Leibniz

3.1.1 Average and marginal productivity

Sakina’s production function, represented graphically in Figure 1, describes how her daily hours of work translate into her final value of output. We have seen that her marginal product at each point is the slope of the function, and her average product is the slope of the ray to the origin. Now we look at how to describe the marginal and average products mathematically.

Figure 1 How does the amount of time spent working affect Sakina’s cloth production?

A general mathematical representation of this relationship is:

where is the rupee value of the final amount of cloth (her output) and is hours of work per day (the input). is the production function.

average product
Total output divided by a particular input, for example per worker (divided by the number of workers) or per worker per hour (total output divided by the total number of hours of labour put in).

When Sakina is working for hours per day, her average product of labour (APL) is calculated by dividing the rupee value of the final amount of cloth produced by the number of hours worked:

This is the rupee value of average number of cloth prodcued per hour of work. In the diagram, it is the slope of the ray to the origin.

marginal product
The additional amount of output that is produced if a particular input was increased by one unit, while holding all other inputs constant.

We have defined Sakina’s marginal product of labour (MPL) as the increase in her cloth produced from increasing work time by one hour. More precisely, it is the rate at which her cloth production increases as work time increases, which corresponds to the slope of the production function.

To see this, suppose that she works for hours a day. To find her marginal product, we consider how her cloth production would change if she increased her work time by hours. If the production increases by , then the change in production per unit change of work time is:

As tends towards zero, this fraction tends towards the derivative of the function. We write:

which is the slope of the production function. In other words, Sakina’s marginal product when she works for hours is given by the derivative of the production function:

This is the calculus definition of marginal product. We shall be using calculus definitions of marginal quantities in subsequent Leibnizes. In the text we calculated the marginal product by finding the increase in output when the input increases by one unit. This gives a good approximation to the marginal product as defined by calculus if individual units are small quantities. For example, in Figure 1 the units are hours, and there are 24 hours on the horizontal axis. The increase in output when the input rises by one hour is a rough approximation to the slope. But if we put minutes on the horizontal axis instead, and calculated the increase in output when the input rises by a minute, we would obtain a very close approximation to the slope of this function.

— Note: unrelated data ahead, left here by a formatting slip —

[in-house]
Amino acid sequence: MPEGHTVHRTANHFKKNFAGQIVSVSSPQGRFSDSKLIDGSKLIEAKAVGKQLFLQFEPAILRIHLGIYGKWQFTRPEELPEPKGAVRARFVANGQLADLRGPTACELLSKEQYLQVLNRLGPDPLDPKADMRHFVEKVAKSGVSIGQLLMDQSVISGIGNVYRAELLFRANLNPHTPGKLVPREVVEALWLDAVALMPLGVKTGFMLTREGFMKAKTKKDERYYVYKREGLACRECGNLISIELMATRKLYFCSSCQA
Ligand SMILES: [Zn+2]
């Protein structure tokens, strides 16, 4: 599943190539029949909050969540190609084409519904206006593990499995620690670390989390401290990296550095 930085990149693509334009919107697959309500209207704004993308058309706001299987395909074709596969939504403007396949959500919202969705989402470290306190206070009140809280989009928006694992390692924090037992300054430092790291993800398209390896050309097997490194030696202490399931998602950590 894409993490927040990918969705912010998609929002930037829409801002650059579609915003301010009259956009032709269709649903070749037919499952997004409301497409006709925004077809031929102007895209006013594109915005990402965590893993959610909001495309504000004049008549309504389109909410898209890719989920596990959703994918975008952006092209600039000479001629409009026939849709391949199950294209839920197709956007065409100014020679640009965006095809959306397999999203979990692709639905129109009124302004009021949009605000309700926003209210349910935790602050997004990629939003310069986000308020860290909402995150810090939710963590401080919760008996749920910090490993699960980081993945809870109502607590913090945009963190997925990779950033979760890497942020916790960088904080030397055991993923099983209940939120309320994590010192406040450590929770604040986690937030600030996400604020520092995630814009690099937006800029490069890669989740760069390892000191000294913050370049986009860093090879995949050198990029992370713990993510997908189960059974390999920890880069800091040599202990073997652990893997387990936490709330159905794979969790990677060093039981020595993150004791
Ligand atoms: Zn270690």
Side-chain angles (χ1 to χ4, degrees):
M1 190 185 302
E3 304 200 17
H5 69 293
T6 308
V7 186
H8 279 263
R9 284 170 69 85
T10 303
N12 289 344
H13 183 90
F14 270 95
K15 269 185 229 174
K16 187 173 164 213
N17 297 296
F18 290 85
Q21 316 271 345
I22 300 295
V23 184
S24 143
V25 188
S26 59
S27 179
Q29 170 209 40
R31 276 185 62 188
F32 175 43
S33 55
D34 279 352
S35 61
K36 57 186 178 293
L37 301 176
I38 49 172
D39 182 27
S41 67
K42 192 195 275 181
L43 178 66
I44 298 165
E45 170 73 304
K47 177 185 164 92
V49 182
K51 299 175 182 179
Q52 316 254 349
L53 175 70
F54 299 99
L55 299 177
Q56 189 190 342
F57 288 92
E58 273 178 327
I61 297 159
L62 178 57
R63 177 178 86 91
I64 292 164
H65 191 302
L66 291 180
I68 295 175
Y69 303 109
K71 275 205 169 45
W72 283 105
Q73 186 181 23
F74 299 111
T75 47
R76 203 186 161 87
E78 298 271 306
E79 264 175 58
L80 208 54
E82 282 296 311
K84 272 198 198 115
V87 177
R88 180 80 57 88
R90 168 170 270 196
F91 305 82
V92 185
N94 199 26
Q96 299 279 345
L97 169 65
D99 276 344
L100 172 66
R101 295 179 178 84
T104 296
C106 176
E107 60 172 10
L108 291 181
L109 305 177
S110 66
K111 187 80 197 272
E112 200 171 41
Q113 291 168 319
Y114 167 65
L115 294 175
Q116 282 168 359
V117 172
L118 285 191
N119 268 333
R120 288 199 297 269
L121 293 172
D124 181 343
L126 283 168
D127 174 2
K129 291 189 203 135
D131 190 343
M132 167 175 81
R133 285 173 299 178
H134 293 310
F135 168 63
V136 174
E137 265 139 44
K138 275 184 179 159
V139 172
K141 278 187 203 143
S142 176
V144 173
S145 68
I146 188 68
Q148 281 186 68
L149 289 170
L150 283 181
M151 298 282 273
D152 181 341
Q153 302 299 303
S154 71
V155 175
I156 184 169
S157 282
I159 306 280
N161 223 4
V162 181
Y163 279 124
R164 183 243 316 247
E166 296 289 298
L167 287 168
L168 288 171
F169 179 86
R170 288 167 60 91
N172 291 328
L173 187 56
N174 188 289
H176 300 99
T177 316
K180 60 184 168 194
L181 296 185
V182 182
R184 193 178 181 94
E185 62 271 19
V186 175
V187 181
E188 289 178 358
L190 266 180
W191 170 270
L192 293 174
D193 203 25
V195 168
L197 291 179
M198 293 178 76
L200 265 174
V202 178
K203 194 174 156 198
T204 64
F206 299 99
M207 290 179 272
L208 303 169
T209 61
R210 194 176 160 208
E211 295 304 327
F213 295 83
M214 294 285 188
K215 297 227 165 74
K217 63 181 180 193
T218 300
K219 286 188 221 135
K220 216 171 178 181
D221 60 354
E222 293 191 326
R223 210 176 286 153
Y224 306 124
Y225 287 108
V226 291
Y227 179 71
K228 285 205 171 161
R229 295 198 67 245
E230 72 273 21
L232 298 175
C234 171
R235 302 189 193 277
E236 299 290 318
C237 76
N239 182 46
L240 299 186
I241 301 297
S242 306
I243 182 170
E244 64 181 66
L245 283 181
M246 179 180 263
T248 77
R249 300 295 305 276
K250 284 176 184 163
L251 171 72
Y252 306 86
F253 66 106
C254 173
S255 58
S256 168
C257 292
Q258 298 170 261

An example

A production function with properties similar to that of Figure 1 is:

where and are constants such that and ; they determine the precise location and curvature of the production function. We shall explain below why is restricted to lie between 0 and 1. Notice that this function has the standard properties of a production function: when , and when is positive, output is also positive.

The restriction ensures that the production function is increasing for all (this may be clear to you from what you know about exponents (powers), but we will verify it below by showing that the marginal product is positive). This means that the function is not an exact representation of the one in Figure 1, which is constant (flat) for .

The average product of labour is then:

The marginal product of labour is the derivative of the production function:

Note that we can rewrite the MPL as:

We know that when is positive, is positive too. So from this equation you can easily see that implies that the marginal product of labour is positive – in other words, Sakina’s production increases with hours worked.

How about the restriction ? Since the average product of labour is and the marginal product of labour is , is the ratio of the marginal product to the average product. So our assumption that means that the marginal product of labour is less than the average product of labour. You can see this in Figure 1 if you compare the MPL (the slope of the curve) and the APL (the slope of the ray to the origin) shown at the point where .

This property of the production function implies that no matter how many hours of work Sakina chooses, the additional cloth she would produce in one extra hour of work would be less than the average amount of cloth per hour that she has produced so far.

Read more: Section 6.1 and Section 6.4 of Malcolm Pemberton and Nicholas Rau. 2015. Mathematics for economists: An introductory textbook, 4th ed. Manchester: Manchester University Press.